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Movie Review: Vaayai Moodi Pesavum – The Sound of Silence

Movie Review: Vaayai Moodi Pesavum – The Sound of Silence

After completing the movie at S2 Thiagaraja, we headed to Zaitoon for a late lunch. Initially, there was a couple and us who were seated. There came a huge group with one small boy. After ordering, they started shouting in the name of talking. There were 8 people and there were nothing short of 16 random conversations disturbing the ambience. We wanted to finish at the earliest and leave that place.

Last weekend, I was watching Nee Enge En Anbe (review will come soon) and one bunch of idiots were talking random things (not related to the movie) and disturbing the entire theatre.

On both these occasions, I was reminded of Vaayai Moodi Pesavum. And I wished Dumb flu attacked these people. Vaayai Moodi Pesavum is a satire on our daily life that is based on one premise – we talk but we don’t communicate.

Panimalai is a hill staton in Tamil Nadu and Arvind (Dulquer Salman) is a door-to-door salesman of an adhesive brand. A strange dumb flu (H10N10) affects the people of Panimalai. Those infected can’t speak and pose a risk of death. All the people who have converged to Panimalai is locked inside as the town is quarantined from rest of the world. Arvind also gets affected by the flu and meets a junior doctor, Anjana (Nazriya) at the hospital. As more people get affected, the health ministry finds that speaking is the reason for the spread.  The rest of the story forms how people learn to communicate without talking.

From the start, Balaji Mohan is in his mettle with brilliant screenplay and dialogues. Although there are multiple characters, each one of them stick to your mind because of their performances. Be it nuclear star Bhoomesh (subtle but clear reference to Vijay) by John Vijay or that Robo Shankar as drunkard society head or Ram Thilak as Boomesh’ fan association president, everyone will make you laugh with their performances. The friend who spews bad words, the small boy who collects small notebooks for his drawings and Anjana’s love for Javvu Mittai are all simple but sweet characterisations. Although, I have heard good words about Dulquer from my Mallu friends, VMP actually proves that sometimes acting can come through DNA. The good part is he doesn’t imitate his dad in anyways. Nazriya finally gets a different role from her usual roles in Tamil and she cakewalks it while Madhubala gets a sweet re-entry but not the apt one.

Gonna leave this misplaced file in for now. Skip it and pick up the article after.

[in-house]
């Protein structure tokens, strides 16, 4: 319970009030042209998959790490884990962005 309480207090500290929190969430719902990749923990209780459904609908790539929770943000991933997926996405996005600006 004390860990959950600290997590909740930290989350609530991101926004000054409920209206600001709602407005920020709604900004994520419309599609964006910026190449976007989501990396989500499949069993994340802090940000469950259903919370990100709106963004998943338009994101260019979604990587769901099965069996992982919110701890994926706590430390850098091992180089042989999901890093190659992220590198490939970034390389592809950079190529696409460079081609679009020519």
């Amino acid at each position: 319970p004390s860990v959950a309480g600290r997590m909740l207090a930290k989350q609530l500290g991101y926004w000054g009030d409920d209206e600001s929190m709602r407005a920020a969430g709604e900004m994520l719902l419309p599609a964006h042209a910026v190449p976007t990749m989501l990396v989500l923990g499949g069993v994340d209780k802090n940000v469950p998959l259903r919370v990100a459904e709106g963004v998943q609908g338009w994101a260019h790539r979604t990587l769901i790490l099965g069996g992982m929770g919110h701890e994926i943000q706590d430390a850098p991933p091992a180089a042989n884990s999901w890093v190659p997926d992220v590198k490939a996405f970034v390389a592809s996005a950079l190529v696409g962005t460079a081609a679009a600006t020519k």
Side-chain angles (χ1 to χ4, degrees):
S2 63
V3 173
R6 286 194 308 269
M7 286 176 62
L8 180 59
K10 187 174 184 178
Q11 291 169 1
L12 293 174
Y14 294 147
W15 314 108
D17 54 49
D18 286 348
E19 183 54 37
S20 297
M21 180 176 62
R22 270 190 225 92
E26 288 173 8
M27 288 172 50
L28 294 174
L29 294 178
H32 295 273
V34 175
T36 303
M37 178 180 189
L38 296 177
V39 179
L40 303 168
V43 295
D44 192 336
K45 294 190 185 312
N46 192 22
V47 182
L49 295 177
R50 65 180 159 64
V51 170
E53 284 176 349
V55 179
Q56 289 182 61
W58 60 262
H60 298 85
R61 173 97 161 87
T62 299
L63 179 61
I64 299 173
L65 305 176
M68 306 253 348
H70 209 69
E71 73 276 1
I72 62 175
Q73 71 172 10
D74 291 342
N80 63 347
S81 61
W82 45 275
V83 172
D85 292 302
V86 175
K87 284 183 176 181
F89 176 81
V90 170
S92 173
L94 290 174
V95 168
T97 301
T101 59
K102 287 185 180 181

Balaji has tried to showcase different characters that we see in real life who talk without purpose and those who don’t talk when it is needed. The problem is we think that speaking the truth might hurt people close to you but most of the times it can be the best medicine. The movie drives the point with subtlety and humour but Balaji should have made a tighter screenplay in the second half. However talented, Sean Roldan is unable to hold the forte during the silent period. To be fair, his songs are wonderful to listen to. Another problem is the lack of seriousness when it is needed. I will breakdown in to pieces if someone says I can’t talk anymore. I don’t how people of Panimalai could take it so easily. I don’t think anybody can.

Nevertheless, at the end of the day you will understand what Balaji Mohan is trying to convey to us but whether we will take it is a billion dollar question. Vaayai Moodi Pesavum is a simple satirical comedy that will prick you whenever you talk nonsense next time. I actually thought, I should buy tickets for few people that I knew.

A 3/5 for Balaji Mohan’s wonderful experimentation that might not prove it’s worth now. But he has proved that he is worthy of the accolades he got for Kadhalil Sodhappavadhu Eppadi. Go watch it in theatres – anyways no Kochadaiyaan this week too.

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Marketing Analyst by profession, a quizzer by passion, a blogger by choice, a poet by chance, a non-conformist by gene and a rebel by birth

1 Comment

  1. mahesh · May 9, 2014 Reply

    Super :) awaiting Nee Engey en Anbey review!!!!

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